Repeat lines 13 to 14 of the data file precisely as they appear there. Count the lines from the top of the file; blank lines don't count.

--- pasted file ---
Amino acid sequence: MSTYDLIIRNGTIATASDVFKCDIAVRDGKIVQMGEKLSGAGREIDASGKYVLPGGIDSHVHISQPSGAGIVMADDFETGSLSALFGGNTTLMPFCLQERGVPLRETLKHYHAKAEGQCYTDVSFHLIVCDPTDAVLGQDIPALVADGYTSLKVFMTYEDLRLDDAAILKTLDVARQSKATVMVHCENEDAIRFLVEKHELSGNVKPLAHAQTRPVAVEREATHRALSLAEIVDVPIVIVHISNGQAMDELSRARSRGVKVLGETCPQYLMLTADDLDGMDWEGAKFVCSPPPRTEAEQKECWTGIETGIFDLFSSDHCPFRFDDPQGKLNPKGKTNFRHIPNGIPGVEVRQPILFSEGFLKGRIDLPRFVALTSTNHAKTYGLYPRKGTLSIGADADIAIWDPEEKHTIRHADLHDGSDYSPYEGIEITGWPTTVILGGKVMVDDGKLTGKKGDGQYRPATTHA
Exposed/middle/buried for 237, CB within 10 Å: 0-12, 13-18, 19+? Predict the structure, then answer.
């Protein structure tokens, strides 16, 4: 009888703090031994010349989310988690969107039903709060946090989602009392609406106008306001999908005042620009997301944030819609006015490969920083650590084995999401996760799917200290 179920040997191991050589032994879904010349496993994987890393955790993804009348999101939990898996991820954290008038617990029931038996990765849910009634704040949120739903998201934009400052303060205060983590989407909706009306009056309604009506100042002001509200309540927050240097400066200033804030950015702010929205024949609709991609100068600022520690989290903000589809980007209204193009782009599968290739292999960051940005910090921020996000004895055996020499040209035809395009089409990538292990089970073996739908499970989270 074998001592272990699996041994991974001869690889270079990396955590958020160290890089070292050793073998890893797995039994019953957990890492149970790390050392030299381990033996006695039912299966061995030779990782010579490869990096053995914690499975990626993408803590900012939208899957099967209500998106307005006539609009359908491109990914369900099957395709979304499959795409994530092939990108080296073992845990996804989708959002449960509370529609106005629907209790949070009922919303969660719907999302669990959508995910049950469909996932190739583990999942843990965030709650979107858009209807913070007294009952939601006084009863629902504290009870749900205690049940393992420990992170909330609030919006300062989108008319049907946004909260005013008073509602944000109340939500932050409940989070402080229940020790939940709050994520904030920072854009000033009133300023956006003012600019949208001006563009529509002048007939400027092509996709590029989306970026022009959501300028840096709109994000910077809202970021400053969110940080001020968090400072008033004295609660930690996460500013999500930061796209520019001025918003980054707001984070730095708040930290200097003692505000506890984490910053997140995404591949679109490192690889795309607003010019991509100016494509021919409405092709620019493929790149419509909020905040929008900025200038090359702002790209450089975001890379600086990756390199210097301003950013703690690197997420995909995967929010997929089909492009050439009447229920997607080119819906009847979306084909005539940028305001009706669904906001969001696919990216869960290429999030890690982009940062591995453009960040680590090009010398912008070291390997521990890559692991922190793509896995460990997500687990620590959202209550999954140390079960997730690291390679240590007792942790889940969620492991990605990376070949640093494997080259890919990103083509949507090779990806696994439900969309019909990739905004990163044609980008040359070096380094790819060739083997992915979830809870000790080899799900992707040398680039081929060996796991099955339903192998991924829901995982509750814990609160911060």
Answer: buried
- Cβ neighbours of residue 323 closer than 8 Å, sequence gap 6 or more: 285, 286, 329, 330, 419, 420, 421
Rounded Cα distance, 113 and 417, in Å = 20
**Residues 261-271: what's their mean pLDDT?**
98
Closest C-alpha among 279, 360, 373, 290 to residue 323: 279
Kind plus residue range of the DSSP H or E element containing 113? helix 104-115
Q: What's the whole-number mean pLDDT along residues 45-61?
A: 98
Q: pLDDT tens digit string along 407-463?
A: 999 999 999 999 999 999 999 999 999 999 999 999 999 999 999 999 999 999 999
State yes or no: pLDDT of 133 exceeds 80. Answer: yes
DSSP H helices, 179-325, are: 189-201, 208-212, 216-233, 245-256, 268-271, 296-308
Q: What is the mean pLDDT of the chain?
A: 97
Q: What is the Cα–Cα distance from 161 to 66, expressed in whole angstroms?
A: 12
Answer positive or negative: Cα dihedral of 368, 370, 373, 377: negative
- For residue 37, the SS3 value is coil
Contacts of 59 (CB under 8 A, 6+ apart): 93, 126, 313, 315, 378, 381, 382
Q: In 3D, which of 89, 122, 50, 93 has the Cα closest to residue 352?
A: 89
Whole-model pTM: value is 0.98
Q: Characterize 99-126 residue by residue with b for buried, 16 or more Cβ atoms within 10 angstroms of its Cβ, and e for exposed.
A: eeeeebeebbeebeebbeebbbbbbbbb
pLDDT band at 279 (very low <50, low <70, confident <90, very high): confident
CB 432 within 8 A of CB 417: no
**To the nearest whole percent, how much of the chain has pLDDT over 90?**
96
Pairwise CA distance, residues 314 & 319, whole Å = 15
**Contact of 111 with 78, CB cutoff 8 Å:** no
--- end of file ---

Q: pLDDT tens digit string along 407-463?
A: 999 999 999 999 999 999 999 999 999 999 999 999 999 999 999 999 999 999 999